Image: Jan Koper

The Welsh word hiraeth has become our equivalent of the Danish hygge; not because of a similarity in meaning, but because of the way in which both are promoted as words without any equivalent in English. Just as there is no exact word like hygge in English, so too is there no exact translation for hiraeth. The closest you can get is something like – a longing or nostalgic feelings for a home that cannot be returned to, or that may not have existed at all.

When you search for the term online, what you get are countless images of the sort that are shared frequently on social media: a dreamy photograph of some hills, mountain, or coastline (presumably Welsh, though who knows), overlayed with the term in big white lettering and its definition underneath. They crop up in my Facebook feed occasionally, usually accompanied with a message about how much someone is missing Wales.

There will always be some words that do not translate perfectly into others – for instance, the German word Wissenschaft is somewhere between science and knowledge, but so far no one has built an industry out of it as has happened with hygge. It has not happened to hiraeth yet either, but it has still become a way of expressing the cultural difference between Wales and English-speaking nations.

What hiraeth’s popular usage implies is that Welsh is a more emotional, maybe even spiritual language than English – that every Welsh person will sometimes look off into the distance wistfully, and a tear will roll down their cheek as they recall the splendour of the mountains of Snowdonia, the galloping waves lapping at the shore of Cardigan Bay, or the ominous slag heaps of Blaenau Ffestiniog. But this usage misses out an important dimension of hiraeth – namely, that the longing is for a home that one cannot return to, and that might not have ever existed in the first place. To be precise, hiraeth is more like that feeling you may have experienced on holiday, where you suddenly realise how wonderful home was after all – its familiarity is viewed through rose-tinted glasses, even though you know that home is not really that superb and that you should really be appreciating the holiday a lot more. Or hiraeth is what you get when you pass by your old childhood home and recall the joys of your upbringing only to realise that a new family lives there now, and that it is no longer your home but someone else’s.

The more straightforward version of hiraeth, where it is used to mean a longing for home, leans into a parochial attitude where each person belongs to one particular place. The message here is simultaneously positive and negative: you will always have a home where you will be welcomed, no matter how long you are away for, but you will be tied to it for your whole life. The nation presents itself as something no one can escape from – roots bind each person to their homeland, the only place they will ever truly belong. The ghosts of your ancestors drag you back to the land of your fathers to share their fate. Their song is Yma O Hyd (here forever), in which the nation is framed as though it exists outside of time itself. Whatever you accomplish in your own life, wherever you go, you know that you must return to Wales one day.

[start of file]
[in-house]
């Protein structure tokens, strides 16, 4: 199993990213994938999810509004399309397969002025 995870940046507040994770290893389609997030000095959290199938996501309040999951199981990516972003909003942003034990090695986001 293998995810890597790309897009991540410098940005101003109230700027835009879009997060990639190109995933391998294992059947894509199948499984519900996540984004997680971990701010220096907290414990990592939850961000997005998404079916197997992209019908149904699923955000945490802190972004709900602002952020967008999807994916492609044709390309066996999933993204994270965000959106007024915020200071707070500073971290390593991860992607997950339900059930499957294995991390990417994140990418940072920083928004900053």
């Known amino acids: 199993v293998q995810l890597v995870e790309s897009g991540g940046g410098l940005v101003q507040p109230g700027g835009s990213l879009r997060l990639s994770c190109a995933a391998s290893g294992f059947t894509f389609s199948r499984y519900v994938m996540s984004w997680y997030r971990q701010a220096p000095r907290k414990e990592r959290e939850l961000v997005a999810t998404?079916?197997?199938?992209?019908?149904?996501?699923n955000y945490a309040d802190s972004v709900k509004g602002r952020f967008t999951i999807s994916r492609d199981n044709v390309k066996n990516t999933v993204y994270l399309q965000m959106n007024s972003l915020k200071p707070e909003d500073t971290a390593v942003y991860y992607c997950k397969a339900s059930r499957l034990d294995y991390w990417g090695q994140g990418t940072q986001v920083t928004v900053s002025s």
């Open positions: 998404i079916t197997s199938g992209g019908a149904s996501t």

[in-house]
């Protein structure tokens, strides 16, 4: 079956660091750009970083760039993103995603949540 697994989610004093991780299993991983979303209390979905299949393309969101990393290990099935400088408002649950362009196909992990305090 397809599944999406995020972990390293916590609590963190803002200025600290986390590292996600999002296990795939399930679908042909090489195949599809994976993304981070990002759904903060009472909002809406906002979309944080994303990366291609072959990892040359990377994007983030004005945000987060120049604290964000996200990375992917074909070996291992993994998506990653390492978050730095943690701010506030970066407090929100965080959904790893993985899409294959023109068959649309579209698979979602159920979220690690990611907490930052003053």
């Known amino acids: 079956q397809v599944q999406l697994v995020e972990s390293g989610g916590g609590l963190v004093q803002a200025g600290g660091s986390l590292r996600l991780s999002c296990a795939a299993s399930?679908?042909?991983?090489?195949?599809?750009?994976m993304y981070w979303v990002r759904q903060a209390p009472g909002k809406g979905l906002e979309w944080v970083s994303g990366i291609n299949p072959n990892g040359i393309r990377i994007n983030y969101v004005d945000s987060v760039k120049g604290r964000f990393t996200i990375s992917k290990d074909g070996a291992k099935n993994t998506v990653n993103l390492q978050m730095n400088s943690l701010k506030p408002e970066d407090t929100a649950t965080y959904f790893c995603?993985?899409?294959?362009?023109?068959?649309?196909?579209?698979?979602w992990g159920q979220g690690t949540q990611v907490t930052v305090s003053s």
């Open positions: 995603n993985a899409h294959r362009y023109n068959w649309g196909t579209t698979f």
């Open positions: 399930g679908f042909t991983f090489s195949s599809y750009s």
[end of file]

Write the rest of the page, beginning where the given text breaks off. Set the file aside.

The more precise meaning of hiraeth, by contrast, implies a much more promising view. The power of one’s roots is recognised as illusionary, and that the dream of the nation as a pure and unchanging was just that – a dream – lays the groundwork for building something better, rooted in our experience of the world as it is. Instead of being dictated to by tradition or ancestry, we instead get to forge a new path for ourselves. Home no longer needs to be the place we were born and grew up, nor where our parents or grandparents are from, but can be someplace of our own choosing – somewhere where we can build a new meaning for ourselves. Hiraethu can thus be a prelude to building something better in the here and now, rather than hoping for the return of the (illusionary) good old days.

Furthermore, recognising that the notion of a Wales based on ancestry and permanence is a myth enables the boundaries of the nation to be opened up too, to allow for an acceptance of the plurality that was previous overlooked. As real as the nation is, at its root is an untruth. No nation is a monolith, dominated by a single way of life, a single language, and a single culture – but nations can stamp out difference. Today, Wales is a bilingual country whose inhabitants have friends, relatives and ancestors spread all over the world – and this should be accepted, even celebrated, instead of being seen as an potential threat or problem. There is no need to measure everyone from Holyhead to Cardiff by the yardstick of an old-fashioned, unchanging notion of Welshness.

Taking the more precise meaning of hiraeth enables us to move beyond static, archaic ideas of what it means to be Welsh, and wake up to the world as it is today. Thus, a term that is often used to reinforce the notion that Wales is essentially different from every other nation can in fact yield a new angle for the critique of an outmoded form of Welsh nationalism.

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